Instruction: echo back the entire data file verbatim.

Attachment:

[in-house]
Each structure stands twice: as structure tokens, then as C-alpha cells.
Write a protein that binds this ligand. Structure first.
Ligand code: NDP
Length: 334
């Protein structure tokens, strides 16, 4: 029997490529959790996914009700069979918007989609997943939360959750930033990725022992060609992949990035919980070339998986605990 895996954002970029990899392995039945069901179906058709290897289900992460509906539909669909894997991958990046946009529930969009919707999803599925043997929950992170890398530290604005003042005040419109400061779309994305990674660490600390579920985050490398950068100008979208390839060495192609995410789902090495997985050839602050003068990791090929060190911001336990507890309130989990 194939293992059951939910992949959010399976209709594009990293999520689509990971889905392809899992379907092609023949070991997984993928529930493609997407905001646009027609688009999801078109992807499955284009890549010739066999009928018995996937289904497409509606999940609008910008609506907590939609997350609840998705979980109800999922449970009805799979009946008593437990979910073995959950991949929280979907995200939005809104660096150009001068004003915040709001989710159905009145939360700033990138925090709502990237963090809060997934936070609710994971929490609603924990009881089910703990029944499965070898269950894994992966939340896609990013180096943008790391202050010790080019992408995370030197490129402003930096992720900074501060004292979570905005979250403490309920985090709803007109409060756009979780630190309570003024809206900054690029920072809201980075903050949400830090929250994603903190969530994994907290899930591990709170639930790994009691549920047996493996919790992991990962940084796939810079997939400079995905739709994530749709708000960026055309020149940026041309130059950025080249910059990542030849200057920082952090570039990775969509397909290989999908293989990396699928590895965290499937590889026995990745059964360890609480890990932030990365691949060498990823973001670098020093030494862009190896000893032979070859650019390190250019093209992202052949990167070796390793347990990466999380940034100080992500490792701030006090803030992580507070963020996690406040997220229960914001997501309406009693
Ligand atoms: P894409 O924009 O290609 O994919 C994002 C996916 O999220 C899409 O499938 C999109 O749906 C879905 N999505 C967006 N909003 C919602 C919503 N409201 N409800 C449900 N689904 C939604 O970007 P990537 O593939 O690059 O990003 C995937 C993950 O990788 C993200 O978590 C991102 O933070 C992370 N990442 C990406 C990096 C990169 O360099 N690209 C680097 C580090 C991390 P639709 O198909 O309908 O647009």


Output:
[in-house]
Each structure stands twice: as structure tokens, then as C-alpha cells.
Write a protein that binds this ligand. Structure first.
Ligand code: NDP
Length: 334
């Protein structure tokens, strides 16, 4: 029997490529959790996914009700069979918007989609997943939360959750930033990725022992060609992949990035919980070339998986605990 895996954002970029990899392995039945069901179906058709290897289900992460509906539909669909894997991958990046946009529930969009919707999803599925043997929950992170890398530290604005003042005040419109400061779309994305990674660490600390579920985050490398950068100008979208390839060495192609995410789902090495997985050839602050003068990791090929060190911001336990507890309130989990 194939293992059951939910992949959010399976209709594009990293999520689509990971889905392809899992379907092609023949070991997984993928529930493609997407905001646009027609688009999801078109992807499955284009890549010739066999009928018995996937289904497409509606999940609008910008609506907590939609997350609840998705979980109800999922449970009805799979009946008593437990979910073995959950991949929280979907995200939005809104660096150009001068004003915040709001989710159905009145939360700033990138925090709502990237963090809060997934936070609710994971929490609603924990009881089910703990029944499965070898269950894994992966939340896609990013180096943008790391202050010790080019992408995370030197490129402003930096992720900074501060004292979570905005979250403490309920985090709803007109409060756009979780630190309570003024809206900054690029920072809201980075903050949400830090929250994603903190969530994994907290899930591990709170639930790994009691549920047996493996919790992991990962940084796939810079997939400079995905739709994530749709708000960026055309020149940026041309130059950025080249910059990542030849200057920082952090570039990775969509397909290989999908293989990396699928590895965290499937590889026995990745059964360890609480890990932030990365691949060498990823973001670098020093030494862009190896000893032979070859650019390190250019093209992202052949990167070796390793347990990466999380940034100080992500490792701030006090803030992580507070963020996690406040997220229960914001997501309406009693
Ligand atoms: P894409 O924009 O290609 O994919 C994002 C996916 O999220 C899409 O499938 C999109 O749906 C879905 N999505 C967006 N909003 C919602 C919503 N409201 N409800 C449900 N689904 C939604 O970007 P990537 O593939 O690059 O990003 C995937 C993950 O990788 C993200 O978590 C991102 O933070 C992370 N990442 C990406 C990096 C990169 O360099 N690209 C680097 C580090 C991390 P639709 O198909 O309908 O647009």